PFO closure found to be cost-effective following cryptogenic stroke

Recent studies have shown closing a patent foramen ovale (PFO) in select patients after cryptogenic stroke is associated with a lower risk of recurrent stroke. Now, according to a new analysis in Stroke, PFO occlusion in combination with antiplatelet treatment appears to be cost-effective when compared to medical therapy alone.

Michelle H. Leppert, MD, MBA, from the department of neurology at University of Colorado Denver, and colleagues pooled information from five randomized clinical trials on PFO closure and from national databases. They then used a Markov model to estimate the 15-year costs and outcomes associated with either PFO closure plus medical therapy or medication alone.

Comparing the two strategies, PFO closure was associated with a gain of 0.33 quality-adjusted life years (QALY) and a cost savings of $3,568 over the 15-year span, making it the “dominant” option by improving both areas. The authors found it would take only seven years to satisfy their prespecified willingness-to-pay threshold of $150,000 per QALY for cost-effectiveness.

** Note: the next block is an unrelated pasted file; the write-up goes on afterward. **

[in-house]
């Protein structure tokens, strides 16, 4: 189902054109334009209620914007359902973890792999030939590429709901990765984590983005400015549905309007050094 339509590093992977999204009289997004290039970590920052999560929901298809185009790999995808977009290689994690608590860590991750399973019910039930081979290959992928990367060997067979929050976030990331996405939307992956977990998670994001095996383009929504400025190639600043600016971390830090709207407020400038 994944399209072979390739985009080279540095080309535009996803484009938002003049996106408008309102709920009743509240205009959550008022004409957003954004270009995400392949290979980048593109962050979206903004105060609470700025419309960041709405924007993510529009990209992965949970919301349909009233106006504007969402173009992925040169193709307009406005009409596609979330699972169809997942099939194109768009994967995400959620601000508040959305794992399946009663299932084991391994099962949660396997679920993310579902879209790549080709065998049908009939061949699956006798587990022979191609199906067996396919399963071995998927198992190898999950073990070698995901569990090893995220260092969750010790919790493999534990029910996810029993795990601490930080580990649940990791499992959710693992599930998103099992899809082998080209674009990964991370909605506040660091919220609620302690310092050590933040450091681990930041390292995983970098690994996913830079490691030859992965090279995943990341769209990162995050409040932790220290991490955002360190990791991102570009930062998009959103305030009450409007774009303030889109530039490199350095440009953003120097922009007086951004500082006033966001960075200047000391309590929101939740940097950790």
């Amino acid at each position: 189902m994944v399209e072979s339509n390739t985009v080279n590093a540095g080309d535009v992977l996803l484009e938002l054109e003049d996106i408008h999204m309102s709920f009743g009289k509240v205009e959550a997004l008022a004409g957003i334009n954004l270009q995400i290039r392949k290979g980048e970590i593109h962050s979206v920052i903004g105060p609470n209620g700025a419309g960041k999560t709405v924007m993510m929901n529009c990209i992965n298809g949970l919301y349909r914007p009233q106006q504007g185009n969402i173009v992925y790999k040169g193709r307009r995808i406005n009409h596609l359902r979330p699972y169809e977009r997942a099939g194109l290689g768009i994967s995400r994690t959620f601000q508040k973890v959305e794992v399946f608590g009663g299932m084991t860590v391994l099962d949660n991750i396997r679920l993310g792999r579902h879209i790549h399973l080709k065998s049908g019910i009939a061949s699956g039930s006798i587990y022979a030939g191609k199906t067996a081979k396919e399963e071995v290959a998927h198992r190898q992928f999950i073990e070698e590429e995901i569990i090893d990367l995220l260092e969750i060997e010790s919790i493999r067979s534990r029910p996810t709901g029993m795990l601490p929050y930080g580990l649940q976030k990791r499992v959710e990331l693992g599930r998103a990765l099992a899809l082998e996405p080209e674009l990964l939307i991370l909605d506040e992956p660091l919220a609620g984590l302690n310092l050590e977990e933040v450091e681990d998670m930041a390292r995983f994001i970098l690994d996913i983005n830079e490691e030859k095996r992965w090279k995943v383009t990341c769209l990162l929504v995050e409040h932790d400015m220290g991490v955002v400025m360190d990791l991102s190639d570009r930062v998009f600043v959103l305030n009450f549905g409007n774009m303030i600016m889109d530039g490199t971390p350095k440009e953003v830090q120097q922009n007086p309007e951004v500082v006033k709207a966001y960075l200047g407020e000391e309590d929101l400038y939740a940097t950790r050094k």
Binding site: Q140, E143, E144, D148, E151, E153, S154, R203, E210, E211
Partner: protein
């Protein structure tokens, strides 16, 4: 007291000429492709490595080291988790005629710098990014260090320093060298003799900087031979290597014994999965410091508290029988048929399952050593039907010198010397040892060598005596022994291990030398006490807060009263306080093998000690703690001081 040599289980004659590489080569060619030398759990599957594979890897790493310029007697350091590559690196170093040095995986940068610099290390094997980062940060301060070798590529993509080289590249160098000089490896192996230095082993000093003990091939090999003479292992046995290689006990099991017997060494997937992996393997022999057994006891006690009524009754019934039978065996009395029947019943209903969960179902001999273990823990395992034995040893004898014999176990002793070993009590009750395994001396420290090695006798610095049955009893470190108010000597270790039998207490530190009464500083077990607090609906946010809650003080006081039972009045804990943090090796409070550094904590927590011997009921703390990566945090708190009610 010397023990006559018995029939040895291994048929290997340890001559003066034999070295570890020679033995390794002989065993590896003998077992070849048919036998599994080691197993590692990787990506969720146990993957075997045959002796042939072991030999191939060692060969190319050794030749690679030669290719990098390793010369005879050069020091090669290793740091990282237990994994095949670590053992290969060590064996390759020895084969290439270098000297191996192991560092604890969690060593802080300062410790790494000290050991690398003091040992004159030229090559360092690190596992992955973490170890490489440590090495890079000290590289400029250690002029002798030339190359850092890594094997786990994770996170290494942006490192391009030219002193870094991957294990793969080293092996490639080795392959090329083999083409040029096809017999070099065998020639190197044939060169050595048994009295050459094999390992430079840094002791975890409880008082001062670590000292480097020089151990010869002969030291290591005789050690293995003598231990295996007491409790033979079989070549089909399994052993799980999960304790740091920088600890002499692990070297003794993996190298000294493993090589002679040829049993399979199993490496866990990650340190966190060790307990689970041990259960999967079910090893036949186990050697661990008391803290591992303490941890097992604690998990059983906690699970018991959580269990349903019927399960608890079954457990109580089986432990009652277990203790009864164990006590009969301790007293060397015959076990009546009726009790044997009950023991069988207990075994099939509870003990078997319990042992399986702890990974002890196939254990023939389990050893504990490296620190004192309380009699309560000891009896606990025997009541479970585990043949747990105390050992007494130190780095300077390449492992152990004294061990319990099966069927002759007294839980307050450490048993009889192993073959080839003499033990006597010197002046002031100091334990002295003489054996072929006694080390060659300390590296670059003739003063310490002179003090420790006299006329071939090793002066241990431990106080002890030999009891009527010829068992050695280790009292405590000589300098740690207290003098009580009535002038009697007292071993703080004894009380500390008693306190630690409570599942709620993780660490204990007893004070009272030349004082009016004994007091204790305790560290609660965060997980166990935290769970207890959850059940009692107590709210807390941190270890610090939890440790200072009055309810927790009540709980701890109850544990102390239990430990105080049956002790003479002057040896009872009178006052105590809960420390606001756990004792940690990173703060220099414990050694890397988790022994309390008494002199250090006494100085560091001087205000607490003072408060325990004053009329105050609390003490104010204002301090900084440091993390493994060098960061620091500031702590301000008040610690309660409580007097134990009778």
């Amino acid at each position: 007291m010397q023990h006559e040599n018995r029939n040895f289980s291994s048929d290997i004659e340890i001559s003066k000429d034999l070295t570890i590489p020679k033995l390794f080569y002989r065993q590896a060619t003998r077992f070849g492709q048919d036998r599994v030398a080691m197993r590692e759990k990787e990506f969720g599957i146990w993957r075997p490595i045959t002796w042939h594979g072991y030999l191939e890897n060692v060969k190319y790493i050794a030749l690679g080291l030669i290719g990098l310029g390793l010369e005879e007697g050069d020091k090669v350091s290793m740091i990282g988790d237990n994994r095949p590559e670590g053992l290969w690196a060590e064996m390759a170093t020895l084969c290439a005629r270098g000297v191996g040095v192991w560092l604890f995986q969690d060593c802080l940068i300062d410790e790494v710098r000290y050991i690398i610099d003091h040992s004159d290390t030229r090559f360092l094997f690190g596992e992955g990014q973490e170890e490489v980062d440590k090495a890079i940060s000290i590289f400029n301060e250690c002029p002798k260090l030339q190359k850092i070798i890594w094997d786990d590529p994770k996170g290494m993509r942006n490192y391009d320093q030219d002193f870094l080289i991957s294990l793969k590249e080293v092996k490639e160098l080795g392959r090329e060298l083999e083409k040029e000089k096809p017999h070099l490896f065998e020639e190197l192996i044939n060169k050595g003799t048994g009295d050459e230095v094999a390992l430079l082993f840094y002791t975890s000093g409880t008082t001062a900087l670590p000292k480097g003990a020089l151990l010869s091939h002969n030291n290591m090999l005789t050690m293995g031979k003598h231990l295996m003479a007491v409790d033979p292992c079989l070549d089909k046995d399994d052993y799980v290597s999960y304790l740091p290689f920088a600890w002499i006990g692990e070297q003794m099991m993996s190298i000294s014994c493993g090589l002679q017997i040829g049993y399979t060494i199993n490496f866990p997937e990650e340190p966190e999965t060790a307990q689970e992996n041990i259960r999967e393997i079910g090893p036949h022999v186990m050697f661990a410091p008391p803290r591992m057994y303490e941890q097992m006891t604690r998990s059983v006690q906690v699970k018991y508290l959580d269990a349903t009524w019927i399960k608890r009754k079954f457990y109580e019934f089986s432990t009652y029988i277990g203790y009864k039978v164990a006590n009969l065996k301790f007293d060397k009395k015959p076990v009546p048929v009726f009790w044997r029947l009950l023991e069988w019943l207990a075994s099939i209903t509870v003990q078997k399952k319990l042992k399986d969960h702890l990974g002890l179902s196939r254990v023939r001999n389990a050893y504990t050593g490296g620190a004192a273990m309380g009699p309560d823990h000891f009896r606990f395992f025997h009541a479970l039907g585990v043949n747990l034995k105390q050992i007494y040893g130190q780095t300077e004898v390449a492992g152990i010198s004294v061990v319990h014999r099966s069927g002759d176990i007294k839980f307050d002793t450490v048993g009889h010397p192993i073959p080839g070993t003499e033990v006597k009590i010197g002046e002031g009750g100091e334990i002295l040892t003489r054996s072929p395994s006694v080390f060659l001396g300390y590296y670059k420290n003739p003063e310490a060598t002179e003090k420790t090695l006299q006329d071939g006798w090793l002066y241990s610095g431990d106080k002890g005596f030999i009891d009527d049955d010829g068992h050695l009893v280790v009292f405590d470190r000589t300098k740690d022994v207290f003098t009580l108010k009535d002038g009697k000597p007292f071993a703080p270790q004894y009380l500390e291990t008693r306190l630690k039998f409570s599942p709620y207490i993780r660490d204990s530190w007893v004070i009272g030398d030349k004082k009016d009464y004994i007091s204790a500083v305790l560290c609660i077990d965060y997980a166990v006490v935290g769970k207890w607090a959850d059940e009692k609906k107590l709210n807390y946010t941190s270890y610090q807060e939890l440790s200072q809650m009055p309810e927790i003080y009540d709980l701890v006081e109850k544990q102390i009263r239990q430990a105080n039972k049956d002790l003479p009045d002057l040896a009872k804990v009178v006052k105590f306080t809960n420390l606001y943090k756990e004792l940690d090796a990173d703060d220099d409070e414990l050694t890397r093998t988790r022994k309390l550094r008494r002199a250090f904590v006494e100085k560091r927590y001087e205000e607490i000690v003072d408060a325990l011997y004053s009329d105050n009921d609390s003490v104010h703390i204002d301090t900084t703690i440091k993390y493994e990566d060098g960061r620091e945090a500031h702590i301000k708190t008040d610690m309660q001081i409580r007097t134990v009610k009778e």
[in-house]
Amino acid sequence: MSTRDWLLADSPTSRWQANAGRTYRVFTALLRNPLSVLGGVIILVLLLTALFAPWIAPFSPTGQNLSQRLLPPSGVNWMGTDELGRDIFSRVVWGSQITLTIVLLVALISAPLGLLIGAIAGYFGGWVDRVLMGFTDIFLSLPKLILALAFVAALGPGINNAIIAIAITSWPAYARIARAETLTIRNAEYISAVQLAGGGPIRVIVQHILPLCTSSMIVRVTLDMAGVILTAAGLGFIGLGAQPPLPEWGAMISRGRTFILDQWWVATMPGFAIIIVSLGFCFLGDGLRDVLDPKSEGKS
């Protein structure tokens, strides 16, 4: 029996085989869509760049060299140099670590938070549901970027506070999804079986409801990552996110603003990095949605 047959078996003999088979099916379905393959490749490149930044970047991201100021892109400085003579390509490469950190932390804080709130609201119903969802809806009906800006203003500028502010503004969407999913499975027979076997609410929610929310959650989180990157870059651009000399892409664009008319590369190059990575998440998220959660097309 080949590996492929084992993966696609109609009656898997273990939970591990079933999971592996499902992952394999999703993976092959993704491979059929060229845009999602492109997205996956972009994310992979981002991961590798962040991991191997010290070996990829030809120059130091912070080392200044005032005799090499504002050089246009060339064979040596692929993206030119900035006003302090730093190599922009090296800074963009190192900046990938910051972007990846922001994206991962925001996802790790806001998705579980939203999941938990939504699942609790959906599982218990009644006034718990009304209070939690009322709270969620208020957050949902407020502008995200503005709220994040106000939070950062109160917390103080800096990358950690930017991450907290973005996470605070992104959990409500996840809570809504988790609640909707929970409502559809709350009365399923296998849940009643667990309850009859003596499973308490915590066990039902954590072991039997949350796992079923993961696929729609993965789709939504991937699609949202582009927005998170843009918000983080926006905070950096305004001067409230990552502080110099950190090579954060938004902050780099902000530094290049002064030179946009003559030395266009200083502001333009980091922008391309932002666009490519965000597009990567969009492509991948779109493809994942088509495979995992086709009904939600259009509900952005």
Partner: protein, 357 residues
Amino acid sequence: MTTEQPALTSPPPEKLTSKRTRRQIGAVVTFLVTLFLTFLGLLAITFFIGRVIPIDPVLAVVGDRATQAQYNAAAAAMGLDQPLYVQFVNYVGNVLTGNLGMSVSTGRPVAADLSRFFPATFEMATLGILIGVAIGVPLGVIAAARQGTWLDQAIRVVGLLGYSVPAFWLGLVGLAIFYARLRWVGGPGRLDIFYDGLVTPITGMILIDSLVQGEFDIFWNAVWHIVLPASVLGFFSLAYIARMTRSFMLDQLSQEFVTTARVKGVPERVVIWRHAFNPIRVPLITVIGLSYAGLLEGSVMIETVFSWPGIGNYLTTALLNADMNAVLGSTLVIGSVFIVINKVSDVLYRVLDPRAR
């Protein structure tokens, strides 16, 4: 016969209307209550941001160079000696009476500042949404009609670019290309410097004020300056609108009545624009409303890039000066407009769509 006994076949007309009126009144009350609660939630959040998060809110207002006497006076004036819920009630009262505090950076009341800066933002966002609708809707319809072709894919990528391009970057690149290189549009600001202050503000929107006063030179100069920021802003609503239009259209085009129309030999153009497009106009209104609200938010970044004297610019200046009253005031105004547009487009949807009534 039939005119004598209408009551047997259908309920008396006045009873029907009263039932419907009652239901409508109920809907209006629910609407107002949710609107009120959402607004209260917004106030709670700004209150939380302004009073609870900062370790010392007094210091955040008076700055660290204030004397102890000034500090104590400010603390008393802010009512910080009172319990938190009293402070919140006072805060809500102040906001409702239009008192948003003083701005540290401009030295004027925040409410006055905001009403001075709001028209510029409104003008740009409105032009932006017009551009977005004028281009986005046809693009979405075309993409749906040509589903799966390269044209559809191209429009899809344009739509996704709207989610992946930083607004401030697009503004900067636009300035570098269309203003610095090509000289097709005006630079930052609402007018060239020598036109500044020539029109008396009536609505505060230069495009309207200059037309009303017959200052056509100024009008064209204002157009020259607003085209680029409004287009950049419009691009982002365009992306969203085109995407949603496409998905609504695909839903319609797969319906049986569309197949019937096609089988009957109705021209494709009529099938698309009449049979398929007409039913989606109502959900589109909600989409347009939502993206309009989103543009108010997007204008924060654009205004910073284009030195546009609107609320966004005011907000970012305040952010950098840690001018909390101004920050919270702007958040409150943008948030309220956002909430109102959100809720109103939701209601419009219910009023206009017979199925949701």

“PFO closure for cryptogenic strokes in the right setting is cost-effective, producing benefit in QALYs gained and potential cost savings,” Leppert and coauthors wrote. “However, patient selection remains vitally important as marginal declines in treatment effectiveness can dramatically affect cost-effectiveness.”

Transcatheter PFO closure is expensive and associated with some complications, the authors noted, but cutting the risk of recurrent stroke may make the treatment worth it for many of these patients. This is particularly true because the average age of the cryptogenic stroke patients in this meta-analysis was 45, whereas the average age of incident ischemic stroke in the U.S. is 69 to 72 years.

“Younger patients with strokes have the potential to accrue more costs over their lifetime both from disability and lost income,” the researchers wrote. “Hence, therapies that reduce stroke recurrences in this population are vitally important.”

After the 15 years of this analysis, when patients got into their 60s, Leppert and coauthors noted the risk of incident ischemic stroke may trump the risk of recurrent events related to PFOs.

Leppert et al. reiterated that more work is necessary to define the optimum candidates for PFO closure, and to evaluate the procedure in older adults. For now, they said multidisciplinary teams including vascular neurologists and cardiologists should work together to determine when the intervention is a good fit.

“Further work is needed … to more definitively identify, through patient-level meta-analysis, subgroups that may derive more benefit from treatment such as larger PFOs, presence of an atrial septal aneurysm, or a venous hypercoagulability,” the authors wrote.